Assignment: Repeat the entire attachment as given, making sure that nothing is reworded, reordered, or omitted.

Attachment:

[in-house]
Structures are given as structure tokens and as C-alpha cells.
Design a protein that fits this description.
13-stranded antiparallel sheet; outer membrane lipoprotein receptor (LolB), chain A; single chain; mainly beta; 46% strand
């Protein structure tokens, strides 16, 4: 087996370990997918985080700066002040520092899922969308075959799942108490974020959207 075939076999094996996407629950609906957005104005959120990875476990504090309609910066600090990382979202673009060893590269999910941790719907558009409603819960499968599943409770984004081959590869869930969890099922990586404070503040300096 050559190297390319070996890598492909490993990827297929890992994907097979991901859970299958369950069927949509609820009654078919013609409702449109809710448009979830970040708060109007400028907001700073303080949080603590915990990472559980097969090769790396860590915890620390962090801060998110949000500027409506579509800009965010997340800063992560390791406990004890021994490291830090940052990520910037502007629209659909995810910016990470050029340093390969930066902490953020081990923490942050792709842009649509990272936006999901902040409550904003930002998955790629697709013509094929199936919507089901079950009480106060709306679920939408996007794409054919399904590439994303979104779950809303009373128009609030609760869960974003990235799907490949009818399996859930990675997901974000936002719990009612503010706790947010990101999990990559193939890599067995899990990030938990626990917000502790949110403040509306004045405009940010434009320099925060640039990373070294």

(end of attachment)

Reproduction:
[in-house]
Structures are given as structure tokens and as C-alpha cells.
Design a protein that fits this description.
13-stranded antiparallel sheet; outer membrane lipoprotein receptor (LolB), chain A; single chain; mainly beta; 46% strand
């Protein structure tokens, strides 16, 4: 087996370990997918985080700066002040520092899922969308075959799942108490974020959207 075939076999094996996407629950609906957005104005959120990875476990504090309609910066600090990382979202673009060893590269999910941790719907558009409603819960499968599943409770984004081959590869869930969890099922990586404070503040300096 050559190297390319070996890598492909490993990827297929890992994907097979991901859970299958369950069927949509609820009654078919013609409702449109809710448009979830970040708060109007400028907001700073303080949080603590915990990472559980097969090769790396860590915890620390962090801060998110949000500027409506579509800009965010997340800063992560390791406990004890021994490291830090940052990520910037502007629209659909995810910016990470050029340093390969930066902490953020081990923490942050792709842009649509990272936006999901902040409550904003930002998955790629697709013509094929199936919507089901079950009480106060709306679920939408996007794409054919399904590439994303979104779950809303009373128009609030609760869960974003990235799907490949009818399996859930990675997901974000936002719990009612503010706790947010990101999990990559193939890599067995899990990030938990626990917000502790949110403040509306004045405009940010434009320099925060640039990373070294």